RICHMOND, Va. (WRIC) — The first bilingual exhibition in Virginia to explore and document Richmond’s rich Latino heritage is now open at The Valentine.

The museum will be hosting a free opening weekend. On Saturday from 11 a.m. to 4 p.m. there live music, dance performances, kids crafts, salsa lessons and more.

To learn more about the Family Fun Day, click HERE.

At the exhibit, visitors will encounter the Latino American dream as depicted through firsthand stories, objects and photography.

Wanda Hernández, the museum’s Latino project curator completed 65 interviews to gather oral histories and family material for the exhibition, which is called Nuestras Historias: Latinos in Richmond.

The exhibit combines stories from the past with those from the present to explore themes of immigration, identity, language, education and community.

“The exhibition tells vignettes consisting of various personal narratives that make up a greater history,” Hernández said. “Entrepreneurs, business owners and internationally renowned artists shared their stories for this exhibit about how they created opportunities for themselves in Richmond.”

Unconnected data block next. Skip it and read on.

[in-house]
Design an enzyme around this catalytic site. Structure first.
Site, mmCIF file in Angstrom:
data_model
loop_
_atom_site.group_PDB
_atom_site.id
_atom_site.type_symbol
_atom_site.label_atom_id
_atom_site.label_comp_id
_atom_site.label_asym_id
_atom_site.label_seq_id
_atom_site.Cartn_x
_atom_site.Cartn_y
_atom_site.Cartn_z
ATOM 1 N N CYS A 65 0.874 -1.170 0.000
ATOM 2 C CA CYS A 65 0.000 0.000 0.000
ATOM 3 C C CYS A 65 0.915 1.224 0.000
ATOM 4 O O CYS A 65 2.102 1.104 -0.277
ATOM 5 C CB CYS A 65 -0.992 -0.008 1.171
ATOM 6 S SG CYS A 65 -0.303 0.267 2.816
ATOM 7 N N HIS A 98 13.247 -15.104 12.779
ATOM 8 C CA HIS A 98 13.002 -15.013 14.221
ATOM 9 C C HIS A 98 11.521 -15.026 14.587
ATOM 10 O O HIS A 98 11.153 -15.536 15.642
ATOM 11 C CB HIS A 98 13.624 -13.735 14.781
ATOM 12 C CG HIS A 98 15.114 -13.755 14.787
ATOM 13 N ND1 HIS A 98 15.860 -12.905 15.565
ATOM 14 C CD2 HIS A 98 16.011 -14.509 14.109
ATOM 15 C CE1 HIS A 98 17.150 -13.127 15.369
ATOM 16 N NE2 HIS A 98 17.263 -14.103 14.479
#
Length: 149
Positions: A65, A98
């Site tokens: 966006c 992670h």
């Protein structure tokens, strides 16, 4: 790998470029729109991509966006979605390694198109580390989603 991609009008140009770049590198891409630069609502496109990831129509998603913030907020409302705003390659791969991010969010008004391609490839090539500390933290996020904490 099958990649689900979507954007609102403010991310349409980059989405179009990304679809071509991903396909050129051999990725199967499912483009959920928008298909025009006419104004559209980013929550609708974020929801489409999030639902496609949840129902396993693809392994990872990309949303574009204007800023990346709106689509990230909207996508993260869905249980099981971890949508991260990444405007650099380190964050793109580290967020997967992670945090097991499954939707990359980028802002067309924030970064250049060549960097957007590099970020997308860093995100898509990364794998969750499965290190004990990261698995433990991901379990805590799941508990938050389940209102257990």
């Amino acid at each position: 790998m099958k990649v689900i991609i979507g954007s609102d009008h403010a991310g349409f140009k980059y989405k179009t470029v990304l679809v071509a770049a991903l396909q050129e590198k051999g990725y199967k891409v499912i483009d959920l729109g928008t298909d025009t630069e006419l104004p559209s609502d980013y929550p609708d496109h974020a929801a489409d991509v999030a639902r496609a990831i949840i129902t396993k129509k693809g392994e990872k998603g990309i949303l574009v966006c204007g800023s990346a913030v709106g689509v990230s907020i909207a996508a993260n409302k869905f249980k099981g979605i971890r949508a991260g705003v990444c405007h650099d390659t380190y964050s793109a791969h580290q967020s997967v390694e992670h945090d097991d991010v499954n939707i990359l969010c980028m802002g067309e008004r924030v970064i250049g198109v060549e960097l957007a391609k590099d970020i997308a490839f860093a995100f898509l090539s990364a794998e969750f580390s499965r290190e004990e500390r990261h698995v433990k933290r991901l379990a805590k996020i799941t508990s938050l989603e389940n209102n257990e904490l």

Exhibition highlights include interviews and items from prominent Richmond Latinos, including Eduardo Dawson and Argentina Ortega, co-owners of La Sabrosita Bakery, Christina Frijuckic of Christy’s Beauty Salon; Tanya Gonzalez of Sacred Heart Center; Ana Ines King, founder of the Latin Ballet of Virginia; Marylsse Simmons and Rei Alvarez from the salsa band Bio Ritmo; Pasto Carmen and Victor Torres of New Life Outreach International Church and Ministry; Kevin Davis from Ban Caribe; Kevin LaMarr Jones of Claves Unidos; and Secretary Nancy Rodrigues and Duputy Secretary Jaime Areizaga-Soto from the Commonwealth of Virginia’s Cabinet.

From 1990 until 2010, the American South had the fastest growing Latino population in the United States, According to the Pew Research Center, Virginia’s population alone grew 92 percent from 2000 to 2010. Based on the U.S. Census Bureau data, there are now approximately 100,000 Latinos who live in the Richmond area.

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